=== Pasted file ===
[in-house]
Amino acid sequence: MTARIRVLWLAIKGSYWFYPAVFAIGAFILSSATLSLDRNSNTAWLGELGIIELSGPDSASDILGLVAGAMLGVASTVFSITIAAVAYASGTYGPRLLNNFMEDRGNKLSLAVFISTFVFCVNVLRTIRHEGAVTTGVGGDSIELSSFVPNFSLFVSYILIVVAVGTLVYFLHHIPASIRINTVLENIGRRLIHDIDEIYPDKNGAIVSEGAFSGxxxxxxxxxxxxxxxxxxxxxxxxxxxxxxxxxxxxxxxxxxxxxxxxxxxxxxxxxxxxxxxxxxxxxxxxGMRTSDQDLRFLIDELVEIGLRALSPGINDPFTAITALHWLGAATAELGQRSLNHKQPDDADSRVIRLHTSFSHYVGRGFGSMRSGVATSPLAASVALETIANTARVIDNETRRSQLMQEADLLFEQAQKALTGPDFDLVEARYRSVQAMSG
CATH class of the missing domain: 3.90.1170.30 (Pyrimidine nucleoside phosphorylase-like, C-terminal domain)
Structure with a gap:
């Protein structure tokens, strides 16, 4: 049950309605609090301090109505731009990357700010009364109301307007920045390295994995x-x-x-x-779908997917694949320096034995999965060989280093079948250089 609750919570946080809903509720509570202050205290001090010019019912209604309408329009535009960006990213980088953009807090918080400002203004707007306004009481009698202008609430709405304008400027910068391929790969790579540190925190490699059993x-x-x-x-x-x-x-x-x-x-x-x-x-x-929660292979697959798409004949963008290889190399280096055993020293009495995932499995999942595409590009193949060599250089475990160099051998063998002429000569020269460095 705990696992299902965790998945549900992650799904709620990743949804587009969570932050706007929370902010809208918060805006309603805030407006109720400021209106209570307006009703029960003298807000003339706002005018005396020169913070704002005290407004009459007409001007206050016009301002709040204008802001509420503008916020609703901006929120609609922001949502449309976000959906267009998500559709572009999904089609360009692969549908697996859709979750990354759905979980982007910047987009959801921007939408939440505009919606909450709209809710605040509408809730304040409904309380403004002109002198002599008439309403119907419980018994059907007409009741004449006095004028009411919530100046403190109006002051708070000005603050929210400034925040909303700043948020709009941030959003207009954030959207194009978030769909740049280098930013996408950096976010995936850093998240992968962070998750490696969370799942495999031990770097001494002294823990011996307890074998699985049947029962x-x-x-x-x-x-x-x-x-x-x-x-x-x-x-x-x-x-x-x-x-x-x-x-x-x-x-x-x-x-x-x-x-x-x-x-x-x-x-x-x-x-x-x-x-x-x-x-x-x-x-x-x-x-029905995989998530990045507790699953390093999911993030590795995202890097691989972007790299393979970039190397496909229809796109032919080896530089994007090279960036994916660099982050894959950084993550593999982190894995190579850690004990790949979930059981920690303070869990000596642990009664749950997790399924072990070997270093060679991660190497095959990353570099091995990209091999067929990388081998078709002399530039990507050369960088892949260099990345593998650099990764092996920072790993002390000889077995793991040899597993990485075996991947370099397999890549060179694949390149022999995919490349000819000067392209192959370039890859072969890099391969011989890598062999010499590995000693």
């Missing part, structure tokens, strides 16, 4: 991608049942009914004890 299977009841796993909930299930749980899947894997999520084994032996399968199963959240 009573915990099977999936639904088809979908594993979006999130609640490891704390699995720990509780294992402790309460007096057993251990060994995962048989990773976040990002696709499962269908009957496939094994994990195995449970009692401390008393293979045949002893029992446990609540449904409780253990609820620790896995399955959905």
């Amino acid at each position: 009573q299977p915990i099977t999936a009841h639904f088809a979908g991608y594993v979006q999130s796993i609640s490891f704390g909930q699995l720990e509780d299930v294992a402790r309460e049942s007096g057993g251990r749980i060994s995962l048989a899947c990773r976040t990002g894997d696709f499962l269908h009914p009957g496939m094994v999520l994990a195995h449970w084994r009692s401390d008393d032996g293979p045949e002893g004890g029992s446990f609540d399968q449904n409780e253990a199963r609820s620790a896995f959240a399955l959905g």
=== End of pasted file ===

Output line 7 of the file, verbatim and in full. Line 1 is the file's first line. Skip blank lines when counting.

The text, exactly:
């Amino acid at each position: 009573q299977p915990i099977t999936a009841h639904f088809a979908g991608y594993v979006q999130s796993i609640s490891f704390g909930q699995l720990e509780d299930v294992a402790r309460e049942s007096g057993g251990r749980i060994s995962l048989a899947c990773r976040t990002g894997d696709f499962l269908h009914p009957g496939m094994v999520l994990a195995h449970w084994r009692s401390d008393d032996g293979p045949e002893g004890g029992s446990f609540d399968q449904n409780e253990a199963r609820s620790a896995f959240a399955l959905g």